New article on meth labs

Ever inspect a home saturated with battery acid, bleach and drain cleaner? How about methanol, which can kill you in one gulp? Meth labs require an assortment of extremely toxic chemicals and they produce waste that is just as bad. Meth dealers, unfortunately, are often not the more careful or tidy people and they may not clean up chemicals that spill onto carpet or walls. “Cookers”, as they are called, will dump chemical waste down the drain, in the yard, or just leave it sitting in jars and then abandon the property. Future tenants may not even know that their house was ever used as a meth lab, even while they breathe in toxic chemicals or their children touch it as they crawl on the floor. Inspectors should know how to identify former meth labs so their clients know of the dangers they pose. For more information, check out our new article on meth labs.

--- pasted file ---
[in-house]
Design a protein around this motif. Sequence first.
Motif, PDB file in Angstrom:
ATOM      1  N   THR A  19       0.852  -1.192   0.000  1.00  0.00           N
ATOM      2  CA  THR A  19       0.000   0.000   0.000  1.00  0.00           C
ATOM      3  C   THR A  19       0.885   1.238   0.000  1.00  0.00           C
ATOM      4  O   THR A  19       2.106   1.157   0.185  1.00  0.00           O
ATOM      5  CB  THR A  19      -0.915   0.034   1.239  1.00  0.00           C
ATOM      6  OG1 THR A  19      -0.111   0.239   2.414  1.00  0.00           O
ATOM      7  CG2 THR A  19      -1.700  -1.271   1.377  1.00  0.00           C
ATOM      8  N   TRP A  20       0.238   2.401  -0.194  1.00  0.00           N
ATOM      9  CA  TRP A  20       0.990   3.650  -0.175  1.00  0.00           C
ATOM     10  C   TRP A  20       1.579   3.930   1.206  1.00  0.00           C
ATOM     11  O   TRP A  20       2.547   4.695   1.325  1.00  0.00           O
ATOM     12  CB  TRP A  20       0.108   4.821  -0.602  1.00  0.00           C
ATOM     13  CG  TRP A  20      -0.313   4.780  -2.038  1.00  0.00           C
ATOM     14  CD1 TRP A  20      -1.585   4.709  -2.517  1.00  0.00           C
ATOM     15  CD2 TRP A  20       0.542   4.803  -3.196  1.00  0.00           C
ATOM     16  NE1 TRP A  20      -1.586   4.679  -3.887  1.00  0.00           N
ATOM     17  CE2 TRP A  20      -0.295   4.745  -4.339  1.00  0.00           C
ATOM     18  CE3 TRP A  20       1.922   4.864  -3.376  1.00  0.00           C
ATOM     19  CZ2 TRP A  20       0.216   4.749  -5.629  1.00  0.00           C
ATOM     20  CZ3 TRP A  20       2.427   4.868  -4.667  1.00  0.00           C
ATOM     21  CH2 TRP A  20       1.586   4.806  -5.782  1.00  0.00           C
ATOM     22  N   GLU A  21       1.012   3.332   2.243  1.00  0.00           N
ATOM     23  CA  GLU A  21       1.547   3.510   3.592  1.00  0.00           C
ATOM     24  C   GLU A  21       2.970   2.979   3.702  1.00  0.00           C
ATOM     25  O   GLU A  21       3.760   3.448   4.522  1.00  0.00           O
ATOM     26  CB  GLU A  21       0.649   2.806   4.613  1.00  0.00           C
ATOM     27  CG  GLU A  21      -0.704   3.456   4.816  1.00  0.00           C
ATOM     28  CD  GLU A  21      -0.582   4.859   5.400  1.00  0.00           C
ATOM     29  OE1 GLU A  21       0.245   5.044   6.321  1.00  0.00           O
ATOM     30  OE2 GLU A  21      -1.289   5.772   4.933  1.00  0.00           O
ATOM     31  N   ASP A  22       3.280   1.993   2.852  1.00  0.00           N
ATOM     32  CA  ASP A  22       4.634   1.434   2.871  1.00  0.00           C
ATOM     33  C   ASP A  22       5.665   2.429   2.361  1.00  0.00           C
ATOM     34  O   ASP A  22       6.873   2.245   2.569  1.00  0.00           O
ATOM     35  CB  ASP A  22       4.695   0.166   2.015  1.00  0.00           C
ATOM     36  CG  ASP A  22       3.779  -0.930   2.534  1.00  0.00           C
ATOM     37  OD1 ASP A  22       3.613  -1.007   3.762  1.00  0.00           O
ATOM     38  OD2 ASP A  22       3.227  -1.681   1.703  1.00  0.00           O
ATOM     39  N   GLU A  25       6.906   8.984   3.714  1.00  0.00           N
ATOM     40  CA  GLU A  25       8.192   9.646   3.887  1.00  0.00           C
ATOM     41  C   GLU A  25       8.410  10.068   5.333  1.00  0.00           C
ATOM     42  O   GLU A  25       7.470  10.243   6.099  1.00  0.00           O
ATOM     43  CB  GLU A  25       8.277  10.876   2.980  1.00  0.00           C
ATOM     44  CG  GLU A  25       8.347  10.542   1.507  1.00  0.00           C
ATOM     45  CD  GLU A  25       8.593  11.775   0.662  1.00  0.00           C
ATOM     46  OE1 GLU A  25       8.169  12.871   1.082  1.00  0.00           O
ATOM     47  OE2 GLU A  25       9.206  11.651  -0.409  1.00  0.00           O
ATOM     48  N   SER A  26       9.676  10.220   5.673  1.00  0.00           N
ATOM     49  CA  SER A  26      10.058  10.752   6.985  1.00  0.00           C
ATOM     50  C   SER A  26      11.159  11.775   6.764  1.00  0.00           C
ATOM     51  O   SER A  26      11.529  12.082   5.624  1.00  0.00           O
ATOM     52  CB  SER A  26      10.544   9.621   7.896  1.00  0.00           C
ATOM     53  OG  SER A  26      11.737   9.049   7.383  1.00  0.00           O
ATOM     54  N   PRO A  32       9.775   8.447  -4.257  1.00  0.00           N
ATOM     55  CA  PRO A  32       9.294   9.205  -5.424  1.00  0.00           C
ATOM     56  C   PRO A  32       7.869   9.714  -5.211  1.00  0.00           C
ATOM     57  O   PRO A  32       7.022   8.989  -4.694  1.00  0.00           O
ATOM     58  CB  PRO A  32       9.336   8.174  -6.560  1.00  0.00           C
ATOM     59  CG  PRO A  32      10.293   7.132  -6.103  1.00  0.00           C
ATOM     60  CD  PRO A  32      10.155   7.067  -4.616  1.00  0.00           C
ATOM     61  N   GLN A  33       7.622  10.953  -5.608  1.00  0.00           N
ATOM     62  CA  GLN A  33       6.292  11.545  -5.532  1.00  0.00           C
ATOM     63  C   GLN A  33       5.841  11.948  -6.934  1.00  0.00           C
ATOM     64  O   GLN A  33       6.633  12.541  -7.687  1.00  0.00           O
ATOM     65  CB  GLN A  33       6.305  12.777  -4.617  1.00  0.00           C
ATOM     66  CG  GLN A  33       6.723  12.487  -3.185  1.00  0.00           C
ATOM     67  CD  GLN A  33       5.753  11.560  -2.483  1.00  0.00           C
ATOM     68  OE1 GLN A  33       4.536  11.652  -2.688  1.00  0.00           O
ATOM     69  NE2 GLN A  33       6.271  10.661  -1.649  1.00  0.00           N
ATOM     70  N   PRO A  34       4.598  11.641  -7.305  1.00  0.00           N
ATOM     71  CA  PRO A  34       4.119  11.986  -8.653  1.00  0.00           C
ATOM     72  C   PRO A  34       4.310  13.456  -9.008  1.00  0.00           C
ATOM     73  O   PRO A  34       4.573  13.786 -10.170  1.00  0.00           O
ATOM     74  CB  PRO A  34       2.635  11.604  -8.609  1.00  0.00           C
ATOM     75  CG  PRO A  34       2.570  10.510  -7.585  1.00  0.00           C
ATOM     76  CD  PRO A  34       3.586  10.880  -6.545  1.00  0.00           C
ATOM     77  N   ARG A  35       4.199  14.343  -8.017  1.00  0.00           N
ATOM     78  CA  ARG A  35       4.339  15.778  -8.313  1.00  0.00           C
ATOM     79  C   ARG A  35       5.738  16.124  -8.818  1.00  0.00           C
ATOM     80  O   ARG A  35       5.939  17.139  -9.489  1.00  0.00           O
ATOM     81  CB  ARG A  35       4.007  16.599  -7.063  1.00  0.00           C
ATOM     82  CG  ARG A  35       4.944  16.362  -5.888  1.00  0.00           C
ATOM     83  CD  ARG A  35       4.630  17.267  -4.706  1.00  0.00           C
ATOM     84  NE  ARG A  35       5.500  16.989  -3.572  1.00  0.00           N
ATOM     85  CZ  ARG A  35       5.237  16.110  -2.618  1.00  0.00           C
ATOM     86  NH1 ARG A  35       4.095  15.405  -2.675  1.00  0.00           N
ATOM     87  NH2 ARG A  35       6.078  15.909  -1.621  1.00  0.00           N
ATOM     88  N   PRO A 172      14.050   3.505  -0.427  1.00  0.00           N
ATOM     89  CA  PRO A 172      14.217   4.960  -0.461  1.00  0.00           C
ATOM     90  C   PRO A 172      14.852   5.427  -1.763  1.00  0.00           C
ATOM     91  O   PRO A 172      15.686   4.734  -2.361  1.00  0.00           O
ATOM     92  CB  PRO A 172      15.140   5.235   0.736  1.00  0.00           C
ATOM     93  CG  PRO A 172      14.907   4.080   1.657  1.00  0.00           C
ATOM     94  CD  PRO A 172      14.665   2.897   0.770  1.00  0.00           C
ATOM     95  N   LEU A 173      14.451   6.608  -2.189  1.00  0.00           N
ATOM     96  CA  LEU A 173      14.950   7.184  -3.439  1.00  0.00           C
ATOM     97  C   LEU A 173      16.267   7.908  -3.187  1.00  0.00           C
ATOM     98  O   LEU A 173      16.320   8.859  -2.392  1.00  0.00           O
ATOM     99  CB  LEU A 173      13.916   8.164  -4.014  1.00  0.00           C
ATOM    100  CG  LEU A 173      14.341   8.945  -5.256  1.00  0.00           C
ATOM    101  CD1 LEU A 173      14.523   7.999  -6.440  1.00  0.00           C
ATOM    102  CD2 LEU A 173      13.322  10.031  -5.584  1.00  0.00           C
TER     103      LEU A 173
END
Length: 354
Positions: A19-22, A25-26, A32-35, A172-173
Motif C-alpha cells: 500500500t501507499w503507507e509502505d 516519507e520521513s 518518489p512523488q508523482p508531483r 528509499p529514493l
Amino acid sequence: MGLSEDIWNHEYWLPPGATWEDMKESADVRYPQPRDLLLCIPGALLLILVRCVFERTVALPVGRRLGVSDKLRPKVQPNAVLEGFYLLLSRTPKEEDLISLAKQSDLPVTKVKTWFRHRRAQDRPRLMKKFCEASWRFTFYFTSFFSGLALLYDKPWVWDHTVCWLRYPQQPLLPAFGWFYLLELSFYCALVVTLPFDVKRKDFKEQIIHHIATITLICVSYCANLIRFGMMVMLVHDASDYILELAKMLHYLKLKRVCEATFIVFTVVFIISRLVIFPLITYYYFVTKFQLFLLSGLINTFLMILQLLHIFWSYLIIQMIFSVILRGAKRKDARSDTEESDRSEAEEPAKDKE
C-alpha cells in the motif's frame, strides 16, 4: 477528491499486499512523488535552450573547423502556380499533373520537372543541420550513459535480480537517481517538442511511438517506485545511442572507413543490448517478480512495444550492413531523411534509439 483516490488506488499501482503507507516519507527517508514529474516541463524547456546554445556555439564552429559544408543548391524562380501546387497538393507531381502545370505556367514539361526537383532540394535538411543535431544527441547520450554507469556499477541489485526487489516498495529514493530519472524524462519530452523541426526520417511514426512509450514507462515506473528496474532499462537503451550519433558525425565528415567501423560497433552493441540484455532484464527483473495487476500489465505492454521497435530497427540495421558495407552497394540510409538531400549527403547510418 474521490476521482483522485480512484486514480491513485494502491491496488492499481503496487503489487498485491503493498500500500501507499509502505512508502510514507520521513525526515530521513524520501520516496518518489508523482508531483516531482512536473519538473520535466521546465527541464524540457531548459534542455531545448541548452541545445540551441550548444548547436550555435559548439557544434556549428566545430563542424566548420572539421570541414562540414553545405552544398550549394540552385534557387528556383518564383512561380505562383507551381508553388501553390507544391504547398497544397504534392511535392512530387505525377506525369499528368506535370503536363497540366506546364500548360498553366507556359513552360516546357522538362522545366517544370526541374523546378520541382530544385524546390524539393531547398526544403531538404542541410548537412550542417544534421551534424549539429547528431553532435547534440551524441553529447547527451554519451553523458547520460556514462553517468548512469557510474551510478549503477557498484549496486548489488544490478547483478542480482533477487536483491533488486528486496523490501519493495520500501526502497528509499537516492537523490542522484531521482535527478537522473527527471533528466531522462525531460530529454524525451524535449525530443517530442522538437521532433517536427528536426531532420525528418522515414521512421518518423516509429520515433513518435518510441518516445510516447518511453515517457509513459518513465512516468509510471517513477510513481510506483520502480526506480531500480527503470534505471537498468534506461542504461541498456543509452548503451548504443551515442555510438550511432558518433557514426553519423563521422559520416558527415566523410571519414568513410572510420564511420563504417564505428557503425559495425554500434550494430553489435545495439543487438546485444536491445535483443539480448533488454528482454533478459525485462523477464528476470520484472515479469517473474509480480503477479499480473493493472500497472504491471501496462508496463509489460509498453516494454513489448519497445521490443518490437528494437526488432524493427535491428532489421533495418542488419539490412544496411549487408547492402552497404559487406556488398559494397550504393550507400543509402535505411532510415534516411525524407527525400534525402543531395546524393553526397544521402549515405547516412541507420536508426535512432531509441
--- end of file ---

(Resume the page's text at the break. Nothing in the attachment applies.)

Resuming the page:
New article on marijuana grow operations

In Canada, the number of indoor grow ops is so serious that in some areas, law enforcement has given up pursuing all but the greatest offenders. The roughly 50,000 grow ops in that country bring in billions of dollars annually. Why should you care? Well, marijuana is grown in homes, and inspectors inspect homes, so it’s not that unusual to encounter evidence of a former grow operation. Grow ops can cause building damage and it’s important to know where that damage came from. Water damage and mold often comes from roof leaks, but they can also be caused by grow ops. Dangerous electrical connections are often used to illegally tap power lines and divert huge amounts of current to lights. To find out more, check out our new article on marijuana grow operations.